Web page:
Wanting to take a unique yet impactful approach to DEI, Deltek, the leading global provider of software and solutions for project-based businesses, took a look at and removed all exclusive terminology in their software code. By removing terms such as ‘master’ and ‘blacklist’ from company coding, Deltek is working to ensure that diversity and inclusion are woven into every aspect of their organization.
Business Chief North America talks to Lisa Roberts, Senior Director of HR and Leader of Diversity & Inclusion at Deltek to find out more.
Why should businesses today care about removing company bias within their software code?
We know that words can have a profound impact on people and leave a lasting impression. Many of the words that have been used in a technology environment were created many years ago, and today those words can be harmful to our customers and employees. Businesses should use words that will leave a positive impact and help create a more inclusive culture in their organization
What impact can exclusive terms have on employees?
Exclusive terms can have a significant impact on employees. It starts with the words we use in our job postings to describe the responsibilities in the position and of course, we also see this in our software code and other areas of the business. Exclusive terminology can be hurtful, and even make employees feel unwelcome. That can impact a person’s desire to join the team, stay at a company, or ultimately decide to leave. All of these critical actions impact the bottom line to the organization.
Please explain how Deltek has removed bias terminology from its software code
Deltek’s engineering team has removed biased terminology from our products, as well as from our documentation. The terms we focused on first that were easy to identify include blacklist, whitelist, and master/slave relationships in data architecture. We have also made some progress in removing gendered language, such as changing he and she to they in some documentation, as well as heteronormative language. We see this most commonly in pick lists that ask to identify someone as your husband or wife. The work is not done, but we are proud of how far we’ve come with this exercise!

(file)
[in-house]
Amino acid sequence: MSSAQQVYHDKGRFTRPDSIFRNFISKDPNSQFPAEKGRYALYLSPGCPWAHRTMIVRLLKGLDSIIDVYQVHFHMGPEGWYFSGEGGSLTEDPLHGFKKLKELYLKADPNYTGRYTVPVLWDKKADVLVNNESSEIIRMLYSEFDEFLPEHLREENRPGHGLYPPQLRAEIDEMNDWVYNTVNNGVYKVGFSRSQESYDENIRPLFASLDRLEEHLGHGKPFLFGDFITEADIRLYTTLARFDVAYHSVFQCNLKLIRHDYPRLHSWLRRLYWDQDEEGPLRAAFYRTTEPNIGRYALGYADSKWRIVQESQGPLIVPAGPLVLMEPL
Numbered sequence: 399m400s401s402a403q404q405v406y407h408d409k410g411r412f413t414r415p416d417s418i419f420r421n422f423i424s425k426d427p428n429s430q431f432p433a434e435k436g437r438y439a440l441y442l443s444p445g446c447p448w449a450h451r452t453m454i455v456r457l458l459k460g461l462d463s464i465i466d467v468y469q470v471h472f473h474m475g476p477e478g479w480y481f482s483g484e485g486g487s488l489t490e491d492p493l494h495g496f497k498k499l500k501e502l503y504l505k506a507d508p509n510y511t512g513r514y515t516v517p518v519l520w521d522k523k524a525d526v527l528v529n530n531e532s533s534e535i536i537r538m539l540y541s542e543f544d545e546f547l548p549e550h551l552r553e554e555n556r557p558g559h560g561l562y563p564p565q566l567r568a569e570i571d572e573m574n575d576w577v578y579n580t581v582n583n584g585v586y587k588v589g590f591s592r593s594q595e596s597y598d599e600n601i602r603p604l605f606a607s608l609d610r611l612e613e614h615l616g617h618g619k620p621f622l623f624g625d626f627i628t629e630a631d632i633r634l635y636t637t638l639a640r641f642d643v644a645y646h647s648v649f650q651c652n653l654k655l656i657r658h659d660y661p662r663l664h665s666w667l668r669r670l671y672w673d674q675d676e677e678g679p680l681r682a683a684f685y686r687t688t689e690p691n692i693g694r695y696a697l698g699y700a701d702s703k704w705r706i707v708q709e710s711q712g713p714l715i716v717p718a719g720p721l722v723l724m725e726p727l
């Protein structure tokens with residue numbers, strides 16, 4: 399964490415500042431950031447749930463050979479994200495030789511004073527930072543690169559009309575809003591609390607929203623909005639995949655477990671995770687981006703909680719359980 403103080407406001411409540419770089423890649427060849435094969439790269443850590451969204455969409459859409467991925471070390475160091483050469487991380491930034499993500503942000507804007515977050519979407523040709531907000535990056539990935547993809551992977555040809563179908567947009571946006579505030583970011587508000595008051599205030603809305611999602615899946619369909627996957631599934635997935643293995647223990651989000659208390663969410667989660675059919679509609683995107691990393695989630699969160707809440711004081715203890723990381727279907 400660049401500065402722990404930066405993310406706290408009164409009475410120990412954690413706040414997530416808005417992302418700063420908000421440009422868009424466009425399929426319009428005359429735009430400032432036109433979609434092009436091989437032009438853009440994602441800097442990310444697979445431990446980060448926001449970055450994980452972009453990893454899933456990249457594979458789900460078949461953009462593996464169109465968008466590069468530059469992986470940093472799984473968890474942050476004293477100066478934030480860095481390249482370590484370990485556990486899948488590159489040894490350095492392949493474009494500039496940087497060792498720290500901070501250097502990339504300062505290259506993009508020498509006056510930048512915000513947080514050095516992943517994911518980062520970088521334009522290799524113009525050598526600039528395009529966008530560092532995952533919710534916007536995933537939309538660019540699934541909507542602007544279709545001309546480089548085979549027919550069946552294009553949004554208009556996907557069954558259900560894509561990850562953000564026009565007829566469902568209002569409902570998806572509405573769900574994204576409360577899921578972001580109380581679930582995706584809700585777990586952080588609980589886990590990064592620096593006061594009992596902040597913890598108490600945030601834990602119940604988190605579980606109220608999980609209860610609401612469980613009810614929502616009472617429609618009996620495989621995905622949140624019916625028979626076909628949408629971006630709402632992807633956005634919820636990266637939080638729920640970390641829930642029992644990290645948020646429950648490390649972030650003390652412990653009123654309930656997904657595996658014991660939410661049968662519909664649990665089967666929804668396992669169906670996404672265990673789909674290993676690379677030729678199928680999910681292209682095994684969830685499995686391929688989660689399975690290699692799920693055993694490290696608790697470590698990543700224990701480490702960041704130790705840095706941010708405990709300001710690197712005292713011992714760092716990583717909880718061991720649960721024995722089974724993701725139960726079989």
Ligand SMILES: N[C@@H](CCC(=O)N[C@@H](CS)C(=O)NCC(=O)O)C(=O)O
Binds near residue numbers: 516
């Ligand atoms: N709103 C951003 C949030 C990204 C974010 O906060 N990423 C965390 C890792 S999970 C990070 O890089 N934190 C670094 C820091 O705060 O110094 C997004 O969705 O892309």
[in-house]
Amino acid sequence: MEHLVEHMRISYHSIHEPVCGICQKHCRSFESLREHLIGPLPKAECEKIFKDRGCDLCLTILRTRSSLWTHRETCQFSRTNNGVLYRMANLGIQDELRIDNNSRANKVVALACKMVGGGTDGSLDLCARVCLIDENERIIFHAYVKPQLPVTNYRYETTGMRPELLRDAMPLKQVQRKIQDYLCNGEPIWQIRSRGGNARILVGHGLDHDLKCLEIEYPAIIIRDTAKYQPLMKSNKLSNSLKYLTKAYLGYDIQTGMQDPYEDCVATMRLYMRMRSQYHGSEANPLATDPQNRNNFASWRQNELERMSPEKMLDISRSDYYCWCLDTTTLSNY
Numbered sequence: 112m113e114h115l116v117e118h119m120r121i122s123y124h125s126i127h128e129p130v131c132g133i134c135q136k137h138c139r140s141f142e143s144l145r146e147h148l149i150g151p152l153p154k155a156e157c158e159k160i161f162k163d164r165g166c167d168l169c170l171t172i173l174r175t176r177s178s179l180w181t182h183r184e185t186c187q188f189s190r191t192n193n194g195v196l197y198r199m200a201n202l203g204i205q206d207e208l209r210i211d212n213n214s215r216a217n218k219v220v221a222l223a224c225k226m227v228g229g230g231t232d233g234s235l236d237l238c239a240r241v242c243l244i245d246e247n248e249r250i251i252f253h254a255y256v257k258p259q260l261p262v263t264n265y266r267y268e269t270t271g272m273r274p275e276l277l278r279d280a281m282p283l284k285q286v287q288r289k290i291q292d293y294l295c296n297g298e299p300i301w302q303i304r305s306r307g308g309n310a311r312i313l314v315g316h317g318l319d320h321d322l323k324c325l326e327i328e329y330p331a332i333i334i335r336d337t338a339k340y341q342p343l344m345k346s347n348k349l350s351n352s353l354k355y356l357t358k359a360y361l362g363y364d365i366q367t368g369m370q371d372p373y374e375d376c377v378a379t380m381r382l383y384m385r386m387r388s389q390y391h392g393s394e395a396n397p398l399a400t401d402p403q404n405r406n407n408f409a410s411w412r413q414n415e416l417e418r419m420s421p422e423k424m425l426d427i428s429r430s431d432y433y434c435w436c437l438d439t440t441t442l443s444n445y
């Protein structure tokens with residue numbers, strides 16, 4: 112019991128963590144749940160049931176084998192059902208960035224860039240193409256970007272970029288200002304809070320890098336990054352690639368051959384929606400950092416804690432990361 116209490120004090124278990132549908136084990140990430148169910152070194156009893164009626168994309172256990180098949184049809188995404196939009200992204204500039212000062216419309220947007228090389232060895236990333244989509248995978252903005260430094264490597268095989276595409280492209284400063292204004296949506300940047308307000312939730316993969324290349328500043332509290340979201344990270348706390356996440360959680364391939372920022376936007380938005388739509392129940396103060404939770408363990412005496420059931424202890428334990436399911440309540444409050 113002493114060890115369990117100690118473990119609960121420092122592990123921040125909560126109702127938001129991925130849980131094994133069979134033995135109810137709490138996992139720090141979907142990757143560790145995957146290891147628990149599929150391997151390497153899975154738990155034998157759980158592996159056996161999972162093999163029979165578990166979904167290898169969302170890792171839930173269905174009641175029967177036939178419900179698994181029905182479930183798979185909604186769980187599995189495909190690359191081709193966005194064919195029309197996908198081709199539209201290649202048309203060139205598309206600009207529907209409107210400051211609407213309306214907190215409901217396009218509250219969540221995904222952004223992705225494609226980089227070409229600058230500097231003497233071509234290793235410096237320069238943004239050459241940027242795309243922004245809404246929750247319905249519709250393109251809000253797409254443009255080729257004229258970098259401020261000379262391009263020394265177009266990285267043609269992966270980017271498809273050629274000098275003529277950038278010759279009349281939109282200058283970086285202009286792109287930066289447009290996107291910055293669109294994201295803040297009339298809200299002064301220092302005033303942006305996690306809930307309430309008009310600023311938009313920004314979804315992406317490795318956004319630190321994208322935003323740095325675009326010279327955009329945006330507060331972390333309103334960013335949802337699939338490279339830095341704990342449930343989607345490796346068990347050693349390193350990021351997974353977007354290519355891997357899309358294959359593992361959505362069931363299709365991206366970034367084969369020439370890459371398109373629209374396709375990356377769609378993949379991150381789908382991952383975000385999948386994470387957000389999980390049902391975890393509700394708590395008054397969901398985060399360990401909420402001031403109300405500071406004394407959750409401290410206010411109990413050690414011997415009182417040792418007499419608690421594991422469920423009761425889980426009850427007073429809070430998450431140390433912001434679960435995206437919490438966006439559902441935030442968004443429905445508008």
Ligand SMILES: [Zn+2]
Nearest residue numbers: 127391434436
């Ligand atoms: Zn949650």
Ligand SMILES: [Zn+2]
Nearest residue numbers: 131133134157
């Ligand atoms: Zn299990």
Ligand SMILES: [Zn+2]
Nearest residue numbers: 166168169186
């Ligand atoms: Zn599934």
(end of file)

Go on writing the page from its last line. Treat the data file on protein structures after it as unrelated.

What steps is Deltek taking to ensure biased terminology doesn’t end up in its code in the future?
What we are doing at Deltek, and what other organizations can do, is to put accountability on employees to recognize when this is happening – if you see something, say something! We also listen to feedback our customers give us and have heard their feedback on this topic. Those are both very reactive things of course, but we are also proactive. We have created guidance that identifies words that are more inclusive and also just good practice for communicating in a way that includes and respects others.
What advice would you give to other HR leaders who are looking to enhance DEI efforts within company technology?
My simple advice is to start with what makes sense to your organization and culture. Doing nothing is worse than doing something. And one of the best places to start is by acknowledging this is not just an HR initiative. Every employee owns the success of D&I efforts, and employees want to help the organization be better. For example, removing bias terminology was an action initiated by our Engineering and Product Strategy teams at Deltek, not HR. You can solicit the voices of employees by asking for feedback in engagement surveys, focus groups, and town halls. We hear great recommendations from employees and take those opportunities to improve.